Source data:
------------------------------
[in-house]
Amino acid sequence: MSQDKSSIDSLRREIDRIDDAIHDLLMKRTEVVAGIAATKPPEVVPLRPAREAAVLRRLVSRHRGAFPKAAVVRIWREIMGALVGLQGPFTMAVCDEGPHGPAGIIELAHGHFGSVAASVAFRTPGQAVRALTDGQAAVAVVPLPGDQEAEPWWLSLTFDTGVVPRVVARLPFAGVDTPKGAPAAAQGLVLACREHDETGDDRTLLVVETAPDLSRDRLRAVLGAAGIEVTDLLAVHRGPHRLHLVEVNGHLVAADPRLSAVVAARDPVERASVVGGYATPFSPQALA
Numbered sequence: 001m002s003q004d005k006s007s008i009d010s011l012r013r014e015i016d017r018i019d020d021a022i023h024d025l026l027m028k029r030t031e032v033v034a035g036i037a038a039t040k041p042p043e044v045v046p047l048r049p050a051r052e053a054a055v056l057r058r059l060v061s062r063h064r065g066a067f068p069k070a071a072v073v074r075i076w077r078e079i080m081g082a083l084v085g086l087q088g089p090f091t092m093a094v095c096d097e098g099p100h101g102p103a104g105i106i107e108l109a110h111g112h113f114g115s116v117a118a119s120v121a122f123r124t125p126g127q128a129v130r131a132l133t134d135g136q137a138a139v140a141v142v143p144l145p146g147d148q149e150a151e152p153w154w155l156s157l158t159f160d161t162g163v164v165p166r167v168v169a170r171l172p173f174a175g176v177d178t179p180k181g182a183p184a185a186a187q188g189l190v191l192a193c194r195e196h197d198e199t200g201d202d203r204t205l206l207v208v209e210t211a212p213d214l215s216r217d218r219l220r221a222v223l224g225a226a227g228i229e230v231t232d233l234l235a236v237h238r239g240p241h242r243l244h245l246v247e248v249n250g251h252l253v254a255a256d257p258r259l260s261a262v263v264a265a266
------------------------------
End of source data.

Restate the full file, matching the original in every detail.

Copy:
[in-house]
Amino acid sequence: MSQDKSSIDSLRREIDRIDDAIHDLLMKRTEVVAGIAATKPPEVVPLRPAREAAVLRRLVSRHRGAFPKAAVVRIWREIMGALVGLQGPFTMAVCDEGPHGPAGIIELAHGHFGSVAASVAFRTPGQAVRALTDGQAAVAVVPLPGDQEAEPWWLSLTFDTGVVPRVVARLPFAGVDTPKGAPAAAQGLVLACREHDETGDDRTLLVVETAPDLSRDRLRAVLGAAGIEVTDLLAVHRGPHRLHLVEVNGHLVAADPRLSAVVAARDPVERASVVGGYATPFSPQALA
Numbered sequence: 001m002s003q004d005k006s007s008i009d010s011l012r013r014e015i016d017r018i019d020d021a022i023h024d025l026l027m028k029r030t031e032v033v034a035g036i037a038a039t040k041p042p043e044v045v046p047l048r049p050a051r052e053a054a055v056l057r058r059l060v061s062r063h064r065g066a067f068p069k070a071a072v073v074r075i076w077r078e079i080m081g082a083l084v085g086l087q088g089p090f091t092m093a094v095c096d097e098g099p100h101g102p103a104g105i106i107e108l109a110h111g112h113f114g115s116v117a118a119s120v121a122f123r124t125p126g127q128a129v130r131a132l133t134d135g136q137a138a139v140a141v142v143p144l145p146g147d148q149e150a151e152p153w154w155l156s157l158t159f160d161t162g163v164v165p166r167v168v169a170r171l172p173f174a175g176v177d178t179p180k181g182a183p184a185a186a187q188g189l190v191l192a193c194r195e196h197d198e199t200g201d202d203r204t205l206l207v208v209e210t211a212p213d214l215s216r217d218r219l220r221a222v223l224g225a226a227g228i229e230v231t232d233l234l235a236v237h238r239g240p241h242r243l244h245l246v247e248v249n250g251h252l253v254a255a256d257p258r259l260s261a262v263v264a265a266